By SHANNON WATKINS
Perhaps you, like me, grew up in a household where the only two spices deemed good or necessary were salt and pepper, and as for fresh herbs, that was the parsley you got on your plate in a fancy restaurant. Most food was well prepared but hit the table so devoid of seasoning that the plainness was almost a flavor in and of itself. Perhaps even garlic was sometimes considered pushing it.
I liked the sparsely seasoned food I grew up with as a child, but somewhere in my teens began to long for something more exotic than the occasional plate of chicken chow mein we’d eat at Soon Gaines, the closest sit-down Chinese place. I wanted tangy dill pickles from a kosher deli, spicy Indian curry, authentic Italian marinara instead of spaghetti sauce from a jar. Worse, I came to realize that some of the defining dishes of Southern cuisine did nothing for my tastebuds.
Tony Earley, the award-winning author from Appalachian North Carolina, wrote a book of essays titled “Somehow Form a Family” a few years ago; when I read it, I found out I wasn’t alone, at least in disliking foods that the rest of the family loved.
In one of his shorter essays, called “The Quare Gene,” he talks about hating a lot of such foods, including collards. This delighted me because I don’t like them, either, despite growing up with adults who stood around the stove with cornbread in their hands, eager to sop up pot likker (the leftover greenish juice from boiling them to a swampy mulch).
Another of the dishes I grew up with that came to the table wreathed in tradition and redolent of family pride was Aunt Georgia Rogers’s spoonbread. It’s one of those dishes that men in particular love and my grandfather accordingly ate a generous portion of it. I seem to recall we ate it with fish, probably fried trout or catfish. It made everyone speak of the lady herself (who died long before I was born) in tones respectful and nostalgic.
Unfortunately, it left me cold. It was bland and yet somehow had that flavor that was a lack of flavor, so acutely that I dreaded its appearance.
(At this point I really feel I must say that I came up in a family of good and enthusiastic cooks, and the food was delicious and abundant; I just had a curious palate, and wanted to explore dishes that older family members took to be foreign nonsense. Which I suppose makes me seem like an odd child, but some of us rebel with beer and cigarettes and some of us do it with five-spice powder and pastrami.)
I felt guilty for overlooking such an imperatively historic dish, but I did, and eventually moved out and got old enough to not have to touch a bite of it if I wanted to.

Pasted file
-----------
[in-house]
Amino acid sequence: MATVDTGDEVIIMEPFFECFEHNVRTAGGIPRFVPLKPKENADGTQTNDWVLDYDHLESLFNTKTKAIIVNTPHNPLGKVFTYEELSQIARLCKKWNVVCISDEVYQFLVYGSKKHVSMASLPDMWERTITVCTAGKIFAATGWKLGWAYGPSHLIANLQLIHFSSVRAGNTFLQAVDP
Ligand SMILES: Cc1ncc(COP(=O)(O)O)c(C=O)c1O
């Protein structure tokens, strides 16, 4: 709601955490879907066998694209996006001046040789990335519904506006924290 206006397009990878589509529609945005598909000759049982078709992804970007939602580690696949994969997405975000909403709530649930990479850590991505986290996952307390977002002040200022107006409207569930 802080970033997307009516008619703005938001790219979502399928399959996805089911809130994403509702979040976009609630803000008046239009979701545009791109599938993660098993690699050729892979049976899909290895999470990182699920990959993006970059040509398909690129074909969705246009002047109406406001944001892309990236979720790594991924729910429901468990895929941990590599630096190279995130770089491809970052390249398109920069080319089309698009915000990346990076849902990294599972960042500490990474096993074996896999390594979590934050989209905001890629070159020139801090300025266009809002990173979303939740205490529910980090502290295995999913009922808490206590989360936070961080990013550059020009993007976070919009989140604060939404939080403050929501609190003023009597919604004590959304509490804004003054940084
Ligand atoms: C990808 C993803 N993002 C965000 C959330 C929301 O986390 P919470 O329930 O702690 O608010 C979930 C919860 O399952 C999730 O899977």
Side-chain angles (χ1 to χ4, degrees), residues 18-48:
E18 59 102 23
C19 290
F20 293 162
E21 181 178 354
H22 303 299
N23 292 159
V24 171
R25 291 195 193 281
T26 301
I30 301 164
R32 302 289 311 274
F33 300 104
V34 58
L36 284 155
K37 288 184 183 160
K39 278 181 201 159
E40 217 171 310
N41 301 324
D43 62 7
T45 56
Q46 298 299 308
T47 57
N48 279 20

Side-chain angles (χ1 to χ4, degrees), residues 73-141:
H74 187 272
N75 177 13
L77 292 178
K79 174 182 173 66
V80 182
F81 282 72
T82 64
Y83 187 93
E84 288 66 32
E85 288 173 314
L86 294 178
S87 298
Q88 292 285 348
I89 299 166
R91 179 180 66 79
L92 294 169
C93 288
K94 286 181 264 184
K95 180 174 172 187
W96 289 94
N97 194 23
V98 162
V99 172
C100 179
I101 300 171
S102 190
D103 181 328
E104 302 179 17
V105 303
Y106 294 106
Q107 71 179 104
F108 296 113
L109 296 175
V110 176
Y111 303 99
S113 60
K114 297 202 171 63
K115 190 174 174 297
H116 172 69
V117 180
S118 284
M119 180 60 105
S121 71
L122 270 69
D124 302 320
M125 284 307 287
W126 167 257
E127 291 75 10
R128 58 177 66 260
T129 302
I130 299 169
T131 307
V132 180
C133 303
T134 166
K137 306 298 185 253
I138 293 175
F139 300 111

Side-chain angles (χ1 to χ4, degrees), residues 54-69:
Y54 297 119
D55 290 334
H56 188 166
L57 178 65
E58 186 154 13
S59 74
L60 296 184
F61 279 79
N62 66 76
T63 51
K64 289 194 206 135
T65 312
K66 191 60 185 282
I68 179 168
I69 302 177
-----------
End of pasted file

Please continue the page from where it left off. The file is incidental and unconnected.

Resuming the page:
With time, though, I softened to the things I’d pushed aside on my plate, and after an absence that was filled with all the other foods I’d wanted to try—or at least the ones I could afford—I came to appreciate the blessings of fried, freshly caught fish, squash casserole and succotash made from corn and butterbeans grown in the family garden.
So I was prepared to take a dutiful taste of spoonbread that my mother made last year, and did so, and was surprised by how much I liked it. Rich, creamy, filling, and while unseasoned, it didn’t have that antiflavor that I recalled with a shudder. I was practically teary-eyed with remorse and ready to swear fealty to every family recipe I could find when Mom told me it wasn’t the one I grew up with, but something she’d gotten from Southern Living magazine.
Oh. Well, as a lot of us secretly feel, if you don’t have a cherished heirloom recipe for something, SL can provide the next best thing.
As an aside, I’m sure this would be even better with some parmesan or chedder and maybe some finely diced sautéed onion or garlic thrown in (or some paprika, or chopped herbs, or…) Also, I don’t know who Memmie is, but I hold out the hope that we’re related.
Memmie’s Spoonbread, courtesy of Southern Living
3 cups boiling water
2 cups cornmeal
1 stick butter, cut up
2 tsp. salt
2 cups milk
4 large eggs, lightly beaten
1 Tbsp. baking powder
Preheat oven to 375F and lightly grease a 9 x 13” baking dish (glass is best, as I recall). Pour water gradually over cornmeal, stirring until smooth, and let stand 10 minutes. Add butter and salt, again stirring until smooth. Gradually stir in milk and eggs, followed by baking powder. Pour into prepared dish and bake for 45 to 50 minutes, until lightly browned and set.
This is a good side dish with almost anything and has the added virtue of making you not have to fiddle around with biscuits when you just aren’t in the mood to get flour all over everything. I think it’s best with fish, but let your own palate be your guide. It also plays well with any vegetable you care to serve alongside it: peas, butterbeans, tomatoes…even, alas, collards. If you like that sort of thing.